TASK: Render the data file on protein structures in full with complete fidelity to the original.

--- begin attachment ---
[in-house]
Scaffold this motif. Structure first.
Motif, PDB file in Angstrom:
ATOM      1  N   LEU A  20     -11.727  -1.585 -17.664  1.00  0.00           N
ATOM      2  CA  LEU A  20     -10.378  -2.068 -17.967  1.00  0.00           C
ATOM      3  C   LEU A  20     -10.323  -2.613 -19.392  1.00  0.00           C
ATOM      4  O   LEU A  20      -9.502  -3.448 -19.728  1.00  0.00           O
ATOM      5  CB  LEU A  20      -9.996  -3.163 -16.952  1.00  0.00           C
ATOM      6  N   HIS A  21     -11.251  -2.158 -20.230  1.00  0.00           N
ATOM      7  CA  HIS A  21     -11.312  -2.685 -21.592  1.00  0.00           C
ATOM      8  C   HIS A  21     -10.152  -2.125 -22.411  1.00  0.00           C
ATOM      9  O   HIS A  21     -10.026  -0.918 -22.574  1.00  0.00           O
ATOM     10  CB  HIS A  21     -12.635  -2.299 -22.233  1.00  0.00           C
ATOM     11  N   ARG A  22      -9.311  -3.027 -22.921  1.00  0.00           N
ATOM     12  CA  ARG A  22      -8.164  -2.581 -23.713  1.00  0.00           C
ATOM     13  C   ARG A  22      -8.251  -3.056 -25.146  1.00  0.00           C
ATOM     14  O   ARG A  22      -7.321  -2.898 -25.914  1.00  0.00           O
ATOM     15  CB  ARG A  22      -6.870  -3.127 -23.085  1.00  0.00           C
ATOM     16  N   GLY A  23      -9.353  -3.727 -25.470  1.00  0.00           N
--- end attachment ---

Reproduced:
[in-house]
Scaffold this motif. Structure first.
Motif, PDB file in Angstrom:
ATOM      1  N   LEU A  20     -11.727  -1.585 -17.664  1.00  0.00           N
ATOM      2  CA  LEU A  20     -10.378  -2.068 -17.967  1.00  0.00           C
ATOM      3  C   LEU A  20     -10.323  -2.613 -19.392  1.00  0.00           C
ATOM      4  O   LEU A  20      -9.502  -3.448 -19.728  1.00  0.00           O
ATOM      5  CB  LEU A  20      -9.996  -3.163 -16.952  1.00  0.00           C
ATOM      6  N   HIS A  21     -11.251  -2.158 -20.230  1.00  0.00           N
ATOM      7  CA  HIS A  21     -11.312  -2.685 -21.592  1.00  0.00           C
ATOM      8  C   HIS A  21     -10.152  -2.125 -22.411  1.00  0.00           C
ATOM      9  O   HIS A  21     -10.026  -0.918 -22.574  1.00  0.00           O
ATOM     10  CB  HIS A  21     -12.635  -2.299 -22.233  1.00  0.00           C
ATOM     11  N   ARG A  22      -9.311  -3.027 -22.921  1.00  0.00           N
ATOM     12  CA  ARG A  22      -8.164  -2.581 -23.713  1.00  0.00           C
ATOM     13  C   ARG A  22      -8.251  -3.056 -25.146  1.00  0.00           C
ATOM     14  O   ARG A  22      -7.321  -2.898 -25.914  1.00  0.00           O
ATOM     15  CB  ARG A  22      -6.870  -3.127 -23.085  1.00  0.00           C
ATOM     16  N   GLY A  23      -9.353  -3.727 -25.470  1.00  0.00           N